7. Self-Documenting Programs That Cheat

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Standards and Libraries

Based on the previous section, it would seem that the problem has been solved. We now have a program which is truly self-documenting. It clearly satisfies the definition of a self-documenting program given in section 2. But is Self II a satisfying solution, definition aside? For one thing, it relies quite heavily on ASCII to map 34 and 10 to double quote and newline, respectively. ASCII is not part of the C language per se. The mapping of codes to characters is specific to each machine on which the program is executed. Although ASCII is an accepted worldwide standard, it is not the only mapping that exists. Some computers use another code, called EBCDIC. Still others are adopting newer standards like Unicode or JIS which allow for characters which do not exist in ASCII, like kanji ideograms and hiragana characters. Of course, each of these standards provides some code for double quote and another for newline, but the program will have to be recoded each time. So Self II is not truly universal.

All is not lost, though. Self II can be recoded to eliminate the dependencies on specific character codes (that solution, called Self III, can be found in Appendix A). Once that is out of the way, is there anything left that might be unsatisfying? One important element remains: the printf function.

Printf is included by the committee responsible for defining the C language as a part of the standard C libraries. Note that printf is not part of C itself - C on its own provides no mechanism for output whatsoever! We are only justified in using printf (and putchar, for that matter) based on its recognition as a standard C function.

But what if C also had a standard function called print_a_prog, which was defined as follows:

    void print_a_prog() {
        printf( "extern void print_a_prog();\n" );
        printf( "main(){printf_a_prog();}\n" );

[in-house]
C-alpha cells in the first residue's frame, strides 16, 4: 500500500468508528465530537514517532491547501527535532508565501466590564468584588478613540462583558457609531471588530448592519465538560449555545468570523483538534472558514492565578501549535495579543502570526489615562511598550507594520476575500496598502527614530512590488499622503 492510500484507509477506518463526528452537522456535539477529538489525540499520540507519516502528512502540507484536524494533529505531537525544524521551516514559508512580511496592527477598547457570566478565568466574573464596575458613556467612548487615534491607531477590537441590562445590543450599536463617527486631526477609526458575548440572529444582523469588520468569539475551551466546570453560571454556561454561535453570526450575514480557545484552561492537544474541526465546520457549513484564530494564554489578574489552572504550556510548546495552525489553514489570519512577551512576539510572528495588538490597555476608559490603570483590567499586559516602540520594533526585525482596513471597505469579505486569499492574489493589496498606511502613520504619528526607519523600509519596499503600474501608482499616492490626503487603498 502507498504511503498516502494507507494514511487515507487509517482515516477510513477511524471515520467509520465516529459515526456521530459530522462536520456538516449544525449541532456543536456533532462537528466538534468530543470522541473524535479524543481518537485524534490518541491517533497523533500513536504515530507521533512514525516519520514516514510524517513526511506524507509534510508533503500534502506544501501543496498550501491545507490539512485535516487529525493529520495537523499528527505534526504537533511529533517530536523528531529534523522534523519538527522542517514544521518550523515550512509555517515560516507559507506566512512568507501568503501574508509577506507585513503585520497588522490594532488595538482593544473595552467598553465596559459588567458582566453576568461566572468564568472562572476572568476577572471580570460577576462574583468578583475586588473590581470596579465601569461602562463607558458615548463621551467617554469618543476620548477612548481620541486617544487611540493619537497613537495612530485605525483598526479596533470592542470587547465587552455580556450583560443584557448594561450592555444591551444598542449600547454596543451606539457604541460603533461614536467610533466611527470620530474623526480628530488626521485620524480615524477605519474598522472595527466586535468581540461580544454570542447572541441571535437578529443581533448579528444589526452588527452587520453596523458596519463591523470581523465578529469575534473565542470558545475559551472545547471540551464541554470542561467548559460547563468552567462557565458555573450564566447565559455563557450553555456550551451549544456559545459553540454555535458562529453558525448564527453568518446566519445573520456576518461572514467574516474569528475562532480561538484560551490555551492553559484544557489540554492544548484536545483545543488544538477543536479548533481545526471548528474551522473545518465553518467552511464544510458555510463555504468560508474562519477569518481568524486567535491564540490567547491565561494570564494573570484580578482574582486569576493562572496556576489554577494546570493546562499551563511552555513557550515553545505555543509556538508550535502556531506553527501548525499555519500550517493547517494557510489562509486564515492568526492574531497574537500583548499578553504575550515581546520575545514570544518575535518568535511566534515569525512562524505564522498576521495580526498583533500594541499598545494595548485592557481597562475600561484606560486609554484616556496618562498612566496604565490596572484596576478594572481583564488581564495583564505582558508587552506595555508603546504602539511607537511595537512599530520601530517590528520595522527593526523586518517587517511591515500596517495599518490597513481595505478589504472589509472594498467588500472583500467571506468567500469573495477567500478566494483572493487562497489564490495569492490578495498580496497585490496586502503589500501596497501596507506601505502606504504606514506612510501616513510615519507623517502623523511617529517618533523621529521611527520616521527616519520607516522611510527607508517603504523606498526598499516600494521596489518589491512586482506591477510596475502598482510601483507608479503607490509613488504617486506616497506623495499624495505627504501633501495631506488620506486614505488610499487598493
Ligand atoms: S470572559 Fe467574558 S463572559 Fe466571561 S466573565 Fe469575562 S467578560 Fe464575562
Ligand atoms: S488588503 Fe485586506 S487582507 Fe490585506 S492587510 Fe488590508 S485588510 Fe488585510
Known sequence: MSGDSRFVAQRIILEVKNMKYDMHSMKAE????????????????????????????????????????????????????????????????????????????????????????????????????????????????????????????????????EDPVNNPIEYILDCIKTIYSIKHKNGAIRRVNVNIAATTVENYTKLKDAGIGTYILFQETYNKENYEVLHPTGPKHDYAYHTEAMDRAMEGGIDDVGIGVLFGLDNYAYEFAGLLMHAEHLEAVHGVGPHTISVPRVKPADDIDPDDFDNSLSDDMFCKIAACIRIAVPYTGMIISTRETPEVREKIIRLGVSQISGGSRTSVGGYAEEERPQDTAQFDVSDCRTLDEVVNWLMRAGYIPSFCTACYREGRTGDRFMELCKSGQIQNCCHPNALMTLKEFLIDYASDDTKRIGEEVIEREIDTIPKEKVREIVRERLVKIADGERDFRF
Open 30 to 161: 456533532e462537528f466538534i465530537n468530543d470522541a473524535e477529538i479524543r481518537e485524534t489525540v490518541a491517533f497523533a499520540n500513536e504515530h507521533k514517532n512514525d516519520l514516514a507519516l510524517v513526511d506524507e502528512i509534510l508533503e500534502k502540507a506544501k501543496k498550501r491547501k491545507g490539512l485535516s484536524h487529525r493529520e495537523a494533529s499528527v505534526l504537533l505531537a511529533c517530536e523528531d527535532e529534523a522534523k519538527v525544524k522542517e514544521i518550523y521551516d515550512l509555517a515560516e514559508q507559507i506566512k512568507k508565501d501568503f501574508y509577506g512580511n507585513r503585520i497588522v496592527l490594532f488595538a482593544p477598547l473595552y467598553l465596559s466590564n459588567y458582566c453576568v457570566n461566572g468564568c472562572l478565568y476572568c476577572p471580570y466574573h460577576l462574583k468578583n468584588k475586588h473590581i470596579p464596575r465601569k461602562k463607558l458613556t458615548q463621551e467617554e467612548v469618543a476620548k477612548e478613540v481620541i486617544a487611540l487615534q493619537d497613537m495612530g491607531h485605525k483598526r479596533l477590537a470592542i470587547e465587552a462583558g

The implementation of this function would be hidden away in a library. The programmer need only declare the function's existence and then use it. In this case it becomes trivial to write a self-documenting program:

Cheat I

    extern void print_a_prog();
This program is not very satisfying, because it seems as if we are making use of a function tailor-made to our needs, one which just happened to be in the library. Perhaps one should feel compelled by one's conscience to require that Cheat I also output the definition of print_a_prog. That means that the print_a_prog function has to be self-documenting, which naturally begs the question of writing a self-documenting program. Furthermore, we certainly cannot require that Self II output the definition of printf - we do not know what it is! And even if the definition of printf was known to us, it would be a much more difficult task to include it in the output of our program. So it looks as if we must be satisfied with allowing standard library functions.

What is 'itself' to a program?

Cheat I implicitly raises another important question concerning self-documenting programs. Our definition states that such a program must be able to produce itself as output. But what exactly is meant by 'itself'? Obviously 'itself' is not meant in the same sense as it would were it applied to something like a chair. The only thing that can fill the role of 'itself' for a given chair is that chair and that chair alone. A program can never hope to truly produce 'itself' as output, and must instead settle on an exact duplicate of itself.